How to use LINQ inner join clause based on a composite key

Web developer uses LINQ join clause when he/she wants to associate elements from different source sequences that have no direct relationship in the object model. For example, an electronic devices distributor might have a list of suppliers of a certain product, and a list of buyers. A join clause can be used, for example, to create a list of the suppliers and buyers of that product who are all in the same specified region

A join clause takes two source sequences as input. The elements in each sequence must either be or contain a property that can be compared to a corresponding property in the other sequence. The join clause compares the specified keys for equality by using the special equals keyword. All joins performed by the join clause are equijoins. The shape of the output of a join clause depends on the specific type of join Web developer is performing.

When Web developer wants to compare elements based on multiple properties he/she has to use LIQN inner join clause based on a composite key. Web developer can do this, by specifying the key selector function for each collection to return an anonymous type that consists of properties he/she wants to compare. If he/she labels the properties, they have to have the same label in each key’s anonymous type.

The following example uses a list of Student objects and a list of TennisPlayer object to determine which students are also tennis players. Both of these types have a FirstName and a LastName property of type string. The function that create the join keys from each list’s elements return an anonymous type that consists of the FirstName and LastName properties of each element. The join operator compares these composite keys for equality and returns pairs of objects from each list where both the first and the last name match.

 

class Student

{

public string FirstName { get; set; }

public string LastName { get; set; }

public int StudentID { get; set; }

}

 

class TennisPlayer

 

{

 

public string FirstName { get; set; }

 

public string LastName { get; set; }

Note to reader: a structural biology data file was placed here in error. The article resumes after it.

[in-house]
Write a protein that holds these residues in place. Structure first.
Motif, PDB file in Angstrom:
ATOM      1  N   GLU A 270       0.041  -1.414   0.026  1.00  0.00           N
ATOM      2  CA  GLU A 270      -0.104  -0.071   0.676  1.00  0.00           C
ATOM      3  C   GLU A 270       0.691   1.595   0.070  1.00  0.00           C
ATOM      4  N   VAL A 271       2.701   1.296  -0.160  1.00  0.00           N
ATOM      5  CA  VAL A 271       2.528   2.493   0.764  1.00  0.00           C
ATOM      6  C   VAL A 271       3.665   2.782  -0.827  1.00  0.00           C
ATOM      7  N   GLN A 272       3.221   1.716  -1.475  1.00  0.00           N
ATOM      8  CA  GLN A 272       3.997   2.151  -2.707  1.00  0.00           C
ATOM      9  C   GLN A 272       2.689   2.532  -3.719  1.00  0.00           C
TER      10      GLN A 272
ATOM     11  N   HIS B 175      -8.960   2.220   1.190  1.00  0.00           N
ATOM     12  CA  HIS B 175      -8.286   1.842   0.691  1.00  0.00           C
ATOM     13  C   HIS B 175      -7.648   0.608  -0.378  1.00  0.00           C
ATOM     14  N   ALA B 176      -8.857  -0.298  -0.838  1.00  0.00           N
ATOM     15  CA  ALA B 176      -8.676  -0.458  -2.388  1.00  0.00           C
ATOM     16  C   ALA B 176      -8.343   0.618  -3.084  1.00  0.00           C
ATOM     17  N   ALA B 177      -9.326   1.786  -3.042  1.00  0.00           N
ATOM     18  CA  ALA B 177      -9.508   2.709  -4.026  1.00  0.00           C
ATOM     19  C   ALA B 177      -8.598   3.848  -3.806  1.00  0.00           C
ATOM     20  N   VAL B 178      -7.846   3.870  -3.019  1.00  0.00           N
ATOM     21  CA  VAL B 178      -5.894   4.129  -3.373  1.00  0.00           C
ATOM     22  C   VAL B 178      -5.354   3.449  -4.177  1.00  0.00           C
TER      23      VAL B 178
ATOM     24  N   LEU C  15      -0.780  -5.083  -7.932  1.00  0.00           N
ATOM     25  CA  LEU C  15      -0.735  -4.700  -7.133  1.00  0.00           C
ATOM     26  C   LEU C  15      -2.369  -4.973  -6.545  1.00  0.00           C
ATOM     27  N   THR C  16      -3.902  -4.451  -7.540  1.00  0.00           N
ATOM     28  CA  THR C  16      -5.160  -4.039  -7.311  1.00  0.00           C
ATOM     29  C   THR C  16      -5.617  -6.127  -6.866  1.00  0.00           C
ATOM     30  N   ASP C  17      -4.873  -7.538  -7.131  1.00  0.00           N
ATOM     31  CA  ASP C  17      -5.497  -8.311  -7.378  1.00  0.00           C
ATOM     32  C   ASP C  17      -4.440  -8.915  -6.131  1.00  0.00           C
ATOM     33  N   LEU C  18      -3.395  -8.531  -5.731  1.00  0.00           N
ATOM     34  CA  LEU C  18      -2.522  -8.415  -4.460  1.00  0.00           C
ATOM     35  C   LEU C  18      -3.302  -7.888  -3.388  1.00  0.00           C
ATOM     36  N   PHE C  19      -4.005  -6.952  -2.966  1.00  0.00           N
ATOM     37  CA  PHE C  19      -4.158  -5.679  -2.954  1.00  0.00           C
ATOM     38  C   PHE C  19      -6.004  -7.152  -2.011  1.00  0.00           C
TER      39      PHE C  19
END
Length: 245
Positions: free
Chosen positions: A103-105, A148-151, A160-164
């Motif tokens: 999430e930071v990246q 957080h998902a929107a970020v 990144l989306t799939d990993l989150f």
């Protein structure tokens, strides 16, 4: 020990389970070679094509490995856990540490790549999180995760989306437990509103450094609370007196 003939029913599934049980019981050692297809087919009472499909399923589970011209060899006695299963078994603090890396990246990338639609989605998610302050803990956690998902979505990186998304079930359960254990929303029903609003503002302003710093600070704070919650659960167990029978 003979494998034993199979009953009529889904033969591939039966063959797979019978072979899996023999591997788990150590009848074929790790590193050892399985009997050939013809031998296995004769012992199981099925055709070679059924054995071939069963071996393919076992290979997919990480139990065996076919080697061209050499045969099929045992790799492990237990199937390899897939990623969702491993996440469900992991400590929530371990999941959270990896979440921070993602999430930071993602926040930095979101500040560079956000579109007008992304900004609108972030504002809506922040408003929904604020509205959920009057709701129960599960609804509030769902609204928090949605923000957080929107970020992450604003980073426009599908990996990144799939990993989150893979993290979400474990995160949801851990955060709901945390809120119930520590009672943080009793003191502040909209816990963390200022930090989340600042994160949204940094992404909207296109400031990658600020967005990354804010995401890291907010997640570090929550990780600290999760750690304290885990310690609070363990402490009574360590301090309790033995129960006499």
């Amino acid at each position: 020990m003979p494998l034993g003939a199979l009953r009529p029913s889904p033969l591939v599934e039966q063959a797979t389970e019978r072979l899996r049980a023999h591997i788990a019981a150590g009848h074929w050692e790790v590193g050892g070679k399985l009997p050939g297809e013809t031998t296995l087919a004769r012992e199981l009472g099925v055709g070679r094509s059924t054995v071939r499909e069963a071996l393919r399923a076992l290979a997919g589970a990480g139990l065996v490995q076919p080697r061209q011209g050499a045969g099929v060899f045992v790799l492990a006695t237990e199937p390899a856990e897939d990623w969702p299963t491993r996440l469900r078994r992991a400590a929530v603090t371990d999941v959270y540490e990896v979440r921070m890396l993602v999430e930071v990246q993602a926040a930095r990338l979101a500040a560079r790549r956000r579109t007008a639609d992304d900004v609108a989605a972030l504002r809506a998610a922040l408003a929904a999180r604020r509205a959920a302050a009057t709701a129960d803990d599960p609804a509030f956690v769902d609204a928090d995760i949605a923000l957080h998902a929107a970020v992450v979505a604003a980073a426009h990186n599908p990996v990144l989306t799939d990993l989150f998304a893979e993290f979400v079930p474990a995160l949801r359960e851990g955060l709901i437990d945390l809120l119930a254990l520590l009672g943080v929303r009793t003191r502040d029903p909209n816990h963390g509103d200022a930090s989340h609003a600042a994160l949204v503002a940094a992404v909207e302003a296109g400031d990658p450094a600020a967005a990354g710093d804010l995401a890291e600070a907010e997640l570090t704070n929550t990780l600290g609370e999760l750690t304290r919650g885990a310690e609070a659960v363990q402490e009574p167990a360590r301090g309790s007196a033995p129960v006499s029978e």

public int PlayerID { get; set; }

 

}

 

// <summary>

// Performs a join operation using a composite key.

// </summary>

public static void CompositeKeyJoinExample()

{

// Create a list of students.

List<Student> students = new List<Student> {

new Student { FirstName = “Gregory”, LastName = “Croft”, StudentID = 444123 },

new Student { FirstName = “Bill”, LastName = “Yack”, StudentID = 194568 },

new Student { FirstName = “Jeremy”, LastName = “Little”, StudentID = 902011 },

new Student { FirstName = “Phil”, LastName = “Winstanley”, StudentID = 347812 } };

 

// Create a list of tennis players .

List<TennisPlayer> tennisplayers = new List<TennisPlayer> {

new Student { FirstName = ” Scott “, LastName = “Gate”, PlayerID = 5543 },

new Student { FirstName = “Jeremy”, LastName = “Little”, PlayerID = 7091 },

new Student FirstName = “Phil”, LastName = “Winstanley”, PlayerID = 8867 } };

 

// Join the two data sources based on a composite key consisting of first and last name,

// to determine which students are also tennis players.

IEnumerable<string> query = from student in students

join tennisplayer in tennisplayers

on new { student.FirstName, student.LastName }

equals new { tennisplayer.FirstName, tennisplayer.LastName }

select student.FirstName + ” ” + student.LastName;

 

Console.WriteLine(“The following people are both students and tennis players:”);

foreach (string name in query)

Console.WriteLine(name);

}

// This code produces the following output:

//

// The following people are both employees and students:

// Jeremy Little

// Phil Winstanley

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